In my student days, we spoke admiringly of the "strong readings" that Michel Foucault and Jacques Derrida made of past thinkers: readings that to ordinary readers looked like wilful misreadings, if not outright bluffing about things one had not read. Alister McGrath, Anglican theology's best answer to a public intellectual, has certainly cast his eyes over the works that define the history of natural theology.
However, he stands accused of a certain kind of wilful misreading for which the phrase "weak reading" would not be out of place. He makes natural theology appear much less dangerous than it really has been and should remain.
McGrath begins with a quote from a late 19th-century precursor in the distinguished lecture series that provides the occasion for this book: "It is not too much to say that the Gospel itself can never be fully known till nature as well as man is fully known." This is as clear a statement of natural theology's historic self-understanding as one is ever likely to get. However, McGrath quickly inverts its meaning to launch his own project in apologetics.
Instead of interpreting the quote as saying that science is poised to provide the details of the outworking of divine agency in nature, he waxes eloquent about how science points to a reality beyond the reach of its own methods, for which theology then provides a necessary resource, if not an answer to everyone's satisfaction. In this way, McGrath ensures that theology rationalises science, but not the other way around.
To his credit, McGrath concedes that the divines who aligned themselves with natural theology for two centuries after Isaac Newton's grand synthesis of the physical universe were barely distinguishable from Deists and other Christian dissenters who indulged in biblical criticism and anti-clericalism. All of them gravitated towards a calculating and contriving conception of "God, The Ultimate Mechanic".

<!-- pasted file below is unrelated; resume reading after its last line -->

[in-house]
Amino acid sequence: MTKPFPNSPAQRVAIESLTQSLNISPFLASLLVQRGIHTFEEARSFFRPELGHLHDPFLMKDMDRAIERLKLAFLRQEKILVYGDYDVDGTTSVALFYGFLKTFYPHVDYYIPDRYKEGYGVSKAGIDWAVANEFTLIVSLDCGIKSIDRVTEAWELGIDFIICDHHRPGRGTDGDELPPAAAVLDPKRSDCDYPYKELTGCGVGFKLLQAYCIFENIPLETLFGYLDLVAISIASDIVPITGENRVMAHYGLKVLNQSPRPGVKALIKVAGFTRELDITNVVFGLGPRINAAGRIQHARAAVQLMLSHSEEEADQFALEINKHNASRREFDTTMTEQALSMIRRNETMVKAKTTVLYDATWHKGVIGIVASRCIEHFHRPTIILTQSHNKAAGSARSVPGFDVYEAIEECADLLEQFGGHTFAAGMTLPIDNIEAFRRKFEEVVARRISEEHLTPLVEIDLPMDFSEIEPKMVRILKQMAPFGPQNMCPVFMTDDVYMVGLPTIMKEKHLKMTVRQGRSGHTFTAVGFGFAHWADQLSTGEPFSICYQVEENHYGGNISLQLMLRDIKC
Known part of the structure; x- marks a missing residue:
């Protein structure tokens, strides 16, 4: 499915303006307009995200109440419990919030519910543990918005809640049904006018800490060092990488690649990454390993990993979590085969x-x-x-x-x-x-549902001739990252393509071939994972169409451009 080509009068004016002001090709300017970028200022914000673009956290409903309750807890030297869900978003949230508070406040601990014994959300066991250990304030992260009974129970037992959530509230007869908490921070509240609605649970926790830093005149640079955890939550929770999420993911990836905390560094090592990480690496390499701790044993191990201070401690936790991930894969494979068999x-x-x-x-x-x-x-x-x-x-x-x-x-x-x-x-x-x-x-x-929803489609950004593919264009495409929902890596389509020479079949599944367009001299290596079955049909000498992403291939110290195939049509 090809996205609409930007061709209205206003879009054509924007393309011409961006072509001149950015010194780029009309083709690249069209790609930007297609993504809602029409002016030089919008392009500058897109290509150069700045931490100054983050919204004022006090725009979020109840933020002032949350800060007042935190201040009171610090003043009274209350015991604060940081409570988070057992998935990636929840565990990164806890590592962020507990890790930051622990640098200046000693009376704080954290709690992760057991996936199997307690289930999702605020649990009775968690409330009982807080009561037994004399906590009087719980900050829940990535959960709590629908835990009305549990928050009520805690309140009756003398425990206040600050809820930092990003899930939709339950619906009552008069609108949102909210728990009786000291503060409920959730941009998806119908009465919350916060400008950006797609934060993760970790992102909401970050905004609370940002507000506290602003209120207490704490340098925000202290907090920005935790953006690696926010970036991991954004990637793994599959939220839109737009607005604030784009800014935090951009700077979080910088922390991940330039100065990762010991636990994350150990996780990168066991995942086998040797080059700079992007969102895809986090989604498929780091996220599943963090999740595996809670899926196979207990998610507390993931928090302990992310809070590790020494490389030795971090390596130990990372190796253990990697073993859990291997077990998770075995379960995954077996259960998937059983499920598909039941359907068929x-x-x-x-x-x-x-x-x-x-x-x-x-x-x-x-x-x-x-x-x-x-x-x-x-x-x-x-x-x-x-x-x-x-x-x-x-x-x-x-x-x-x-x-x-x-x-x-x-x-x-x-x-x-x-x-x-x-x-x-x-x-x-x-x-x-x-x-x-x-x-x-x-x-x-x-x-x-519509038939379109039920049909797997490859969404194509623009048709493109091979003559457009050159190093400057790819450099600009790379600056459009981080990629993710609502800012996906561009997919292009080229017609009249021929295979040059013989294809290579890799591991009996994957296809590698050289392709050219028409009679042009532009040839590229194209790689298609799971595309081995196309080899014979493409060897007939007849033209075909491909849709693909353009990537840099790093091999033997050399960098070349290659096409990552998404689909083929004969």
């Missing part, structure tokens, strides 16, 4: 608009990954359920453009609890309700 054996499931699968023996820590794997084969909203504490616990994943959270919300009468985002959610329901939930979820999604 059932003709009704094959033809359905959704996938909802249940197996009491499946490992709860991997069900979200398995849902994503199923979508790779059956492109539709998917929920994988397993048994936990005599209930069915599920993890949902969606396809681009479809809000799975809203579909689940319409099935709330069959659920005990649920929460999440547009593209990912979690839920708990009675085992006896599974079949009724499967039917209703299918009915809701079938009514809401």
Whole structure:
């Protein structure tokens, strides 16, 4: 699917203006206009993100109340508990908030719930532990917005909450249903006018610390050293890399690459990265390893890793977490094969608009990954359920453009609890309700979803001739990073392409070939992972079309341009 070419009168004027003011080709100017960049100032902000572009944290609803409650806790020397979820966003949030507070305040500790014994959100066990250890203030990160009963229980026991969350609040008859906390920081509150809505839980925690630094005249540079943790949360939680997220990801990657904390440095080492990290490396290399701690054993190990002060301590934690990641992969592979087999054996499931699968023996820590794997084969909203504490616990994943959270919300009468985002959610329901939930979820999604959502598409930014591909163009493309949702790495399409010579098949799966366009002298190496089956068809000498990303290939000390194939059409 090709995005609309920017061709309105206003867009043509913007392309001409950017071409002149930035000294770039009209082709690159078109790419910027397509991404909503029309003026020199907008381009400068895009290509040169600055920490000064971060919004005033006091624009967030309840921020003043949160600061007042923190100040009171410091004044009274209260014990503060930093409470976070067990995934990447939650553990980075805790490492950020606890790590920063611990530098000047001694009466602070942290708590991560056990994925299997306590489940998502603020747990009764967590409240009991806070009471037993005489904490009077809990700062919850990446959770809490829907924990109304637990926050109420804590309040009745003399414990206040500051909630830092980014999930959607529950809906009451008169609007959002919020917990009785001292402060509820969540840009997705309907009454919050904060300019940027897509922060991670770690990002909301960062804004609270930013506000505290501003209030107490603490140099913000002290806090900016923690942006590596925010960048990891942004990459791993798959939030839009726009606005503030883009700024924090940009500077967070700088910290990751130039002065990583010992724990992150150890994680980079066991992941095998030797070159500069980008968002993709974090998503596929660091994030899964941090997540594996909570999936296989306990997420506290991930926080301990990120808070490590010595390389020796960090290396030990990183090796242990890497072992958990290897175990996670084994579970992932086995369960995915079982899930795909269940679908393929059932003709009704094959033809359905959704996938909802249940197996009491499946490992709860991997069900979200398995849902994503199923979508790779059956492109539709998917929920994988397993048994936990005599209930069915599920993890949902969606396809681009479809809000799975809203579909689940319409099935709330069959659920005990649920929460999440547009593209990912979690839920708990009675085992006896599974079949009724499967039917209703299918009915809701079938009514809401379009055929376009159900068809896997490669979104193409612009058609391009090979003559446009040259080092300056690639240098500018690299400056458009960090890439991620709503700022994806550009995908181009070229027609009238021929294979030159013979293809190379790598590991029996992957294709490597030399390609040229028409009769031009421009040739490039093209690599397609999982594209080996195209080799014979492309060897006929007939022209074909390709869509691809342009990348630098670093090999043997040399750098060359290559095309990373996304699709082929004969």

It was just this rationalistic view of the deity that Charles Darwin came to reject as a result of his studies of natural history. McGrath nimbly argues that Darwin was right to do so, but wrong to have despaired of theology altogether. Here he raises a telling point against Darwin's source on natural theology, William Paley, who still influences today's arguments for intelligent design in nature with his famous example of the watch found on a heath.
A series of parliamentary debates over the use of evidence in criminal law in the 1830s sent a ripple effect throughout the empirical disciplines. Out went the rhetorical demonstrations of self-evidence that were favoured by Paley and, indeed, the early experimentalists of the Royal Society. In their place came a more inferential conception of evidence, one in which facts drawn from disparate and partial sources are collected together and interpreted before drawing an overall conclusion.
Championing this new approach was William Whewell, the natural theologian who coined the word "scientist" and who was Darwin's main source on scientific method.
McGrath would like to see natural theology take up with more gusto the view that Darwinian evolution's overriding narrative of death and extinction exhibits God's capacity to suffer with his creatures. This would vindicate Christianity's official "Trinitarian" view of the deity as including a material aspect, most notably the very human life of Jesus. But cautious as ever, McGrath does not then go on to consider that we might have a divine mandate to relieve or mitigate this cosmic suffering.
Darwinism and the Divine: Evolutionary Thought and Natural Theology
By Alister E. McGrath. John Wiley & Sons. 320pp, £55.00 and £19.99. ISBN 9781444333435 and 33442. Published 11 February 2011